Dry eyelid skin is a problem that’s rarely talked about, but can be incredibly frustrating and difficult to deal with. It’s particularly common in the winter when the humidity drops, sucking moisture straight out of the skin. The skin of our eyelids is roughly 40% thinner than the rest of the skin on our faces, so it is even more susceptible to dryness. As a result, when the skin becomes dry, wrinkles around the eyes become more noticeable, and irritation and rashes around the eyelids are more likely, so it can really turn into something that can be quite insufferable. But good news—this is a problem that can be prevented with eight easy to follow tips!
The most important thing you can do to help your skin in generally, and particularly the skin around your eyes, is make sure you’re hydrated! If you aren’t taking in enough water and you’re dehydrated, the first place it’s going to show up is in the skin around your eyes. If you struggle with dry eyelids, then it could be as simple as making sure you’re drinking plenty of water and including lots of water-rich foods such as fruit and vegetables in your diet. It’s not just about water, but also making sure that you also have plenty of electrolytes so that you’re not just flushing your system out.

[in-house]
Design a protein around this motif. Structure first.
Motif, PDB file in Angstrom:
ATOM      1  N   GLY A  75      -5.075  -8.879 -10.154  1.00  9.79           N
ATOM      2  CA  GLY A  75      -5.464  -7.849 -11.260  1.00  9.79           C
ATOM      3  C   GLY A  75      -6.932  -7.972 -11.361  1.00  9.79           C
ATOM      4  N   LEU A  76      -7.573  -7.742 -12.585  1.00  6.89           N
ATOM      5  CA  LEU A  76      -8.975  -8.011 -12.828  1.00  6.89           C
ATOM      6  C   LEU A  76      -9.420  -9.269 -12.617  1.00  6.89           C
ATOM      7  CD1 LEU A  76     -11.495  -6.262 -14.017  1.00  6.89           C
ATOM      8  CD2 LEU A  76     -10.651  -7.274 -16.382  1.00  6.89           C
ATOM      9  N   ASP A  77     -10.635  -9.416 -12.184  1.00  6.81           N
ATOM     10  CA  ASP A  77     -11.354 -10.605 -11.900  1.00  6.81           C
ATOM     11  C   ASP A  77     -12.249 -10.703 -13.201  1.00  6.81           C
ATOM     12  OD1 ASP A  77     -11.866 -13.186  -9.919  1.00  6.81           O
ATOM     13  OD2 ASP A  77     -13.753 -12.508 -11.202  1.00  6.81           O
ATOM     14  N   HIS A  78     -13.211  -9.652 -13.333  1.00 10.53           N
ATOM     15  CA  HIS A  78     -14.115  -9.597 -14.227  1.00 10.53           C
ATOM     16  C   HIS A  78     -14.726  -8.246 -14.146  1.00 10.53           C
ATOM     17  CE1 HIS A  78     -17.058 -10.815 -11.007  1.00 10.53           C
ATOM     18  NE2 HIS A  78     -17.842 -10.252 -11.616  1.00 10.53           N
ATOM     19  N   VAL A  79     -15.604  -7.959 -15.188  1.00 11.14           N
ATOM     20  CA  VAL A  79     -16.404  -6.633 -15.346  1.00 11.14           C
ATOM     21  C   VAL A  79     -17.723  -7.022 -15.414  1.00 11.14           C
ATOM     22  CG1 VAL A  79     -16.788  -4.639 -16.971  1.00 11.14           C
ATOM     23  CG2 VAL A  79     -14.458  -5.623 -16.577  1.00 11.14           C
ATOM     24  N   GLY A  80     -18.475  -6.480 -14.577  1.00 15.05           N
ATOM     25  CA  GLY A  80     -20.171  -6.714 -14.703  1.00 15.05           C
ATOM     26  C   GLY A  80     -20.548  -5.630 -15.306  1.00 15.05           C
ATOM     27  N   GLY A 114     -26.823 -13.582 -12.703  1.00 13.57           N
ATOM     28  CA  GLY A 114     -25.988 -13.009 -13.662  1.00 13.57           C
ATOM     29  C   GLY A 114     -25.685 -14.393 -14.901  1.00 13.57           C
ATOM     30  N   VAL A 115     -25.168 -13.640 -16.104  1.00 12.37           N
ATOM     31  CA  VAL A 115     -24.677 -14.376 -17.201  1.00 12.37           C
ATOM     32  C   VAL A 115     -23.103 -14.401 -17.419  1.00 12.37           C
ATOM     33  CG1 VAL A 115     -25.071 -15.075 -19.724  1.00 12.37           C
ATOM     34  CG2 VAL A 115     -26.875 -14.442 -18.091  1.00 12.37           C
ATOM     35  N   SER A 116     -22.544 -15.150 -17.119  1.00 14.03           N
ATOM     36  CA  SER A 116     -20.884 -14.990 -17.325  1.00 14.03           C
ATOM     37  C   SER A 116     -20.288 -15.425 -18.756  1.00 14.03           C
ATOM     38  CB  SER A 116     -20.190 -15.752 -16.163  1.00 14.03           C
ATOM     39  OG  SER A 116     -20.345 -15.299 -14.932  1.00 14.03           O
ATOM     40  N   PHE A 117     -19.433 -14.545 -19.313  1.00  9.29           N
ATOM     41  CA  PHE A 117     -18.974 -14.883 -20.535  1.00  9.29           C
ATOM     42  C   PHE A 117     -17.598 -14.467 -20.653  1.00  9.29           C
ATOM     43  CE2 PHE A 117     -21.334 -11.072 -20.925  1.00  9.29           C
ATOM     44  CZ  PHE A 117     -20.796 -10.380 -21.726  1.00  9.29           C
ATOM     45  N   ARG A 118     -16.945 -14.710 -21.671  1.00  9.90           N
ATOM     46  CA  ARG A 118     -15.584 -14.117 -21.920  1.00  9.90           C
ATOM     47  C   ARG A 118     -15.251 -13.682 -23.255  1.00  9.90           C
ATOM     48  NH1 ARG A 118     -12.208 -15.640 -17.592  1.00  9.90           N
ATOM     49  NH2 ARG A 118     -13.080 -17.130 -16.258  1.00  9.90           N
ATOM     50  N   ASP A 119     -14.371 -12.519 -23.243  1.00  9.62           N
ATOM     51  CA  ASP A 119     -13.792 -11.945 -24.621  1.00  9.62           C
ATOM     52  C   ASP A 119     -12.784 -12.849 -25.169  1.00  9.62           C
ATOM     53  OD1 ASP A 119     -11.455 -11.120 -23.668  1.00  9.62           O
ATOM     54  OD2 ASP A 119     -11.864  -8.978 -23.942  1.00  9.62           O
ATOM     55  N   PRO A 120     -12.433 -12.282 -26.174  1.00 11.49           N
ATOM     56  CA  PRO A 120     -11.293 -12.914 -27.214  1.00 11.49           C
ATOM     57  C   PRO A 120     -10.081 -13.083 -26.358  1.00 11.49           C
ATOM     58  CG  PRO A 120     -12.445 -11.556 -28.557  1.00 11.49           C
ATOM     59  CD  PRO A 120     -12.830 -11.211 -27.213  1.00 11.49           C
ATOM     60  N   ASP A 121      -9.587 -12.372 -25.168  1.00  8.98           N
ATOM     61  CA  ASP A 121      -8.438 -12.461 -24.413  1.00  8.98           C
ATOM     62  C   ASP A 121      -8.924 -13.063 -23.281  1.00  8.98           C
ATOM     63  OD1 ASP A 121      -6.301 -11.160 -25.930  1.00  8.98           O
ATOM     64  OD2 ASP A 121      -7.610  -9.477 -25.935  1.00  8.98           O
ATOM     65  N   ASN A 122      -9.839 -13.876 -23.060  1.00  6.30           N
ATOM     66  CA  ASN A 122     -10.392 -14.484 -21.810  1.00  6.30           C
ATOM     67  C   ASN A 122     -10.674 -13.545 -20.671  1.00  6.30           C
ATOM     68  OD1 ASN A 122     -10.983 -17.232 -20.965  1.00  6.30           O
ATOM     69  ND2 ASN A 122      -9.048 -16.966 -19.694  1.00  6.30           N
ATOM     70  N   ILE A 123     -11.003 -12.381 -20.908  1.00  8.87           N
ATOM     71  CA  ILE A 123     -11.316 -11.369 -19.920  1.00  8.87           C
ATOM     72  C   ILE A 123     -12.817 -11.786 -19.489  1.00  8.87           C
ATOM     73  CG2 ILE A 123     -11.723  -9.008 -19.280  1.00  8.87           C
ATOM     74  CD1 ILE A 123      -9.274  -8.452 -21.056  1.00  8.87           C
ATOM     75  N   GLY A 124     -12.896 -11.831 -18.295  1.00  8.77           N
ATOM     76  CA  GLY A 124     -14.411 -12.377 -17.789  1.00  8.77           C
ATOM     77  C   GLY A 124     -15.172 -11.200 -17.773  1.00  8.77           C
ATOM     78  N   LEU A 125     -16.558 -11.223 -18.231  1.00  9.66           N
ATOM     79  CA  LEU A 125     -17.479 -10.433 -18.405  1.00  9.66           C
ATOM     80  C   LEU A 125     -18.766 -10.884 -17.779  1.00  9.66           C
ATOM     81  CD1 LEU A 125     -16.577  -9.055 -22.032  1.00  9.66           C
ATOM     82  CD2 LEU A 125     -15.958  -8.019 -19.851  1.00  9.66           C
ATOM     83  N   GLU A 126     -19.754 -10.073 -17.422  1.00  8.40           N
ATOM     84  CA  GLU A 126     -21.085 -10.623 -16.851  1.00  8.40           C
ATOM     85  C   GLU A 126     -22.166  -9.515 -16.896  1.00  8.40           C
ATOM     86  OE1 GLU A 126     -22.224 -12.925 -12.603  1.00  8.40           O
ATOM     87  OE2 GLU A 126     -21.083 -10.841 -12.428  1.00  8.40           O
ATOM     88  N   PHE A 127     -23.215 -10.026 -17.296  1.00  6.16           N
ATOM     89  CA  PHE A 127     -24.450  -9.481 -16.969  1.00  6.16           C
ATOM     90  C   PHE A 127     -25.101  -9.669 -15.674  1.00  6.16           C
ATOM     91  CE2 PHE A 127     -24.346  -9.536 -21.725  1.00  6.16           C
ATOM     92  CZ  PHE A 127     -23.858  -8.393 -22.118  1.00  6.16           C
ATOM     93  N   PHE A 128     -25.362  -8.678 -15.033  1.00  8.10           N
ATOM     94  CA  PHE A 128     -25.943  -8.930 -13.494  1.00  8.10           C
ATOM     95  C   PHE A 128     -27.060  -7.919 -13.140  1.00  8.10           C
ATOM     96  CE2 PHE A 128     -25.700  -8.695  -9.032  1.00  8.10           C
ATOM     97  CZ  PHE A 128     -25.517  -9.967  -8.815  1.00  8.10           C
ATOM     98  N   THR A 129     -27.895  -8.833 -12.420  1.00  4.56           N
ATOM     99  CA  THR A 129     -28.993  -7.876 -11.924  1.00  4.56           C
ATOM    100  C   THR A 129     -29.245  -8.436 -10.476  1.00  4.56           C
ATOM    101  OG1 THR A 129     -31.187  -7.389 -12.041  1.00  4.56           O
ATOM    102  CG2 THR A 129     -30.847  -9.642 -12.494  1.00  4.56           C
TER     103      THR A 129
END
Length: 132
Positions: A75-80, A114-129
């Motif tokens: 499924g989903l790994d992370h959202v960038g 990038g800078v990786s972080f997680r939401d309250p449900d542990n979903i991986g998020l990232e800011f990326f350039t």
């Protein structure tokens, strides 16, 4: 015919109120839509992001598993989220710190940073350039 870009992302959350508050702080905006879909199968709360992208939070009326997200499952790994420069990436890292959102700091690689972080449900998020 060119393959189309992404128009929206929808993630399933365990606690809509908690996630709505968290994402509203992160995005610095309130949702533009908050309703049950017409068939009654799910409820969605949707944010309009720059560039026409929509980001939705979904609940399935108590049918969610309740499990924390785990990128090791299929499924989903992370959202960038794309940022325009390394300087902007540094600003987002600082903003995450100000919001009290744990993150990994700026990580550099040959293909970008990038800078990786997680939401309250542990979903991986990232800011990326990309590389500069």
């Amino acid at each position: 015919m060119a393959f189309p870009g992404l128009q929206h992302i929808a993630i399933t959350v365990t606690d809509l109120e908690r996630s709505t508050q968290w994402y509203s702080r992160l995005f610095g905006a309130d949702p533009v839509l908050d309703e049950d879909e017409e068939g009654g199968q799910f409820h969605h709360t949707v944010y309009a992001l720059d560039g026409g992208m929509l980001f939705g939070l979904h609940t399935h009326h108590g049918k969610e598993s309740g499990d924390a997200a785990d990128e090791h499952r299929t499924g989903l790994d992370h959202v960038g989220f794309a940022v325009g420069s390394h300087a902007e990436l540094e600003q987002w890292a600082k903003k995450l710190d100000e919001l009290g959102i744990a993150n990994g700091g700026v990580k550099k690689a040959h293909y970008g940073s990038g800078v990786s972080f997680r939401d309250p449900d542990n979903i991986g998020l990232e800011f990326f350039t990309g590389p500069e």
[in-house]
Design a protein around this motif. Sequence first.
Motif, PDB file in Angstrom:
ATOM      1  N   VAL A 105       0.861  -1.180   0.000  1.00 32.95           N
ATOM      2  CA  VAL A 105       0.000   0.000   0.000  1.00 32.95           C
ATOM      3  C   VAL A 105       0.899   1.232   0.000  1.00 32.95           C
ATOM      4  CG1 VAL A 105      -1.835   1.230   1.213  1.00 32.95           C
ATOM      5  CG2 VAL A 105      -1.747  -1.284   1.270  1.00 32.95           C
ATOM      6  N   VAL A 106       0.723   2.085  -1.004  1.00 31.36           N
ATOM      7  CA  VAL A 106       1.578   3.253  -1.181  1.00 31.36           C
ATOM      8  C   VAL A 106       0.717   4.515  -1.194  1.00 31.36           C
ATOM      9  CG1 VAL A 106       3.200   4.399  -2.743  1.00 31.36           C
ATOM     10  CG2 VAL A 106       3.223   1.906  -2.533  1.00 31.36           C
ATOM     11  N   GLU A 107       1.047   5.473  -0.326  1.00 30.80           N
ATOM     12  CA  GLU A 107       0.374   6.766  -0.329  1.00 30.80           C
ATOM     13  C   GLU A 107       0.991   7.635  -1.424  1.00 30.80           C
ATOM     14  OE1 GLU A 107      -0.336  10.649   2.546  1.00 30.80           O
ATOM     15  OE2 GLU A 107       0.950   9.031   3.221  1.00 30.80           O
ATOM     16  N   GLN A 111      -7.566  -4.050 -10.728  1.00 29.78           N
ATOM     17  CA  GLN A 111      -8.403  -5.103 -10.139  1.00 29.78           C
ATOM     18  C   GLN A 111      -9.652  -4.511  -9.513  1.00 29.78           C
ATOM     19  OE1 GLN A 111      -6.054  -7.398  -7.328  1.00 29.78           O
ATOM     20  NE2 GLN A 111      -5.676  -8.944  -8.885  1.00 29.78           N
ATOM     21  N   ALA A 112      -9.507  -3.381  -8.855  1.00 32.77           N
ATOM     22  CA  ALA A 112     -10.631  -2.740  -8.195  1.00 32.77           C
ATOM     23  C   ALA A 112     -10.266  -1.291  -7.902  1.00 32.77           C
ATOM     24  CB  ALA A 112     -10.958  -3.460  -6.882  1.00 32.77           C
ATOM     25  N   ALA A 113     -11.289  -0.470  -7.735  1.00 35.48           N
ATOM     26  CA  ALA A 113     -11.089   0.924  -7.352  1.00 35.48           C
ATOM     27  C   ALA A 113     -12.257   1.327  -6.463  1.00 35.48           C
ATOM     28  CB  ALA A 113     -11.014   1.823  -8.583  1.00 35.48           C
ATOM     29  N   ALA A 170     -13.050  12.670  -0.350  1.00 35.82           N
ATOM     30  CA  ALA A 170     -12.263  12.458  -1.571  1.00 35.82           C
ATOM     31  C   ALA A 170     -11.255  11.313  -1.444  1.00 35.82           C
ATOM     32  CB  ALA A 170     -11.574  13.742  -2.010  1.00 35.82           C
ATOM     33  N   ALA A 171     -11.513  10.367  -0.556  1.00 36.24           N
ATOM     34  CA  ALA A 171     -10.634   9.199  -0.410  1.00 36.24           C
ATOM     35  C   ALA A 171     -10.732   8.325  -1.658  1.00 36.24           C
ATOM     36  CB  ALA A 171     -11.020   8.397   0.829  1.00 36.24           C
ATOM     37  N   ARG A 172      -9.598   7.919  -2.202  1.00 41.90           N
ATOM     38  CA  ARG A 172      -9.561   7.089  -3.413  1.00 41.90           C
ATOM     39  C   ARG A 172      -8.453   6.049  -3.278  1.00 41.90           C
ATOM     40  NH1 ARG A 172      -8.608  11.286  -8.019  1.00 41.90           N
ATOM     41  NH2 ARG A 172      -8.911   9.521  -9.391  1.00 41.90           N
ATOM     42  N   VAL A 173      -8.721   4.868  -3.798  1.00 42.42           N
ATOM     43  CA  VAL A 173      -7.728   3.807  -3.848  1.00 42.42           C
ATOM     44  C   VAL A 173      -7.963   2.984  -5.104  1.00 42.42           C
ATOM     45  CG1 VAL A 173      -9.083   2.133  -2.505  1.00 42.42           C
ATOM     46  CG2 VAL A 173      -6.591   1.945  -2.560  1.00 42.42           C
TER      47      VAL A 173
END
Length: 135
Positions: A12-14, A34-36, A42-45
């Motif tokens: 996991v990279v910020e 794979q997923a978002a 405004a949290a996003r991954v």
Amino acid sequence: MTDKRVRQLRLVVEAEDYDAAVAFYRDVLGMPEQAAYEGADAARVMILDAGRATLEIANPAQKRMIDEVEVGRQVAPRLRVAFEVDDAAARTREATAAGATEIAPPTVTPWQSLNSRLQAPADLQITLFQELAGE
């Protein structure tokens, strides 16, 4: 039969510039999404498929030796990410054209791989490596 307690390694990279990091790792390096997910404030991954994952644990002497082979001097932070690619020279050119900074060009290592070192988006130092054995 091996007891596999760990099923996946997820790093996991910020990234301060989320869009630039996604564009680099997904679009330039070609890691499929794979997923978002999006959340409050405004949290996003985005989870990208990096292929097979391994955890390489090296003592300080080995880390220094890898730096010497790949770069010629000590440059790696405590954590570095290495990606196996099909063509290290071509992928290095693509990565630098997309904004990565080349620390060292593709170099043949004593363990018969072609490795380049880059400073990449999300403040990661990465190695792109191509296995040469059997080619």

There’s a handy trick for checking if you’re dehydrated—just pinch the skin on the back of your hand. If you’re properly hydrated then your skin will relax back immediately, but if you’re dehydrated then it will tense and remain that way for a few seconds.
2. Avoid Drying Ingredients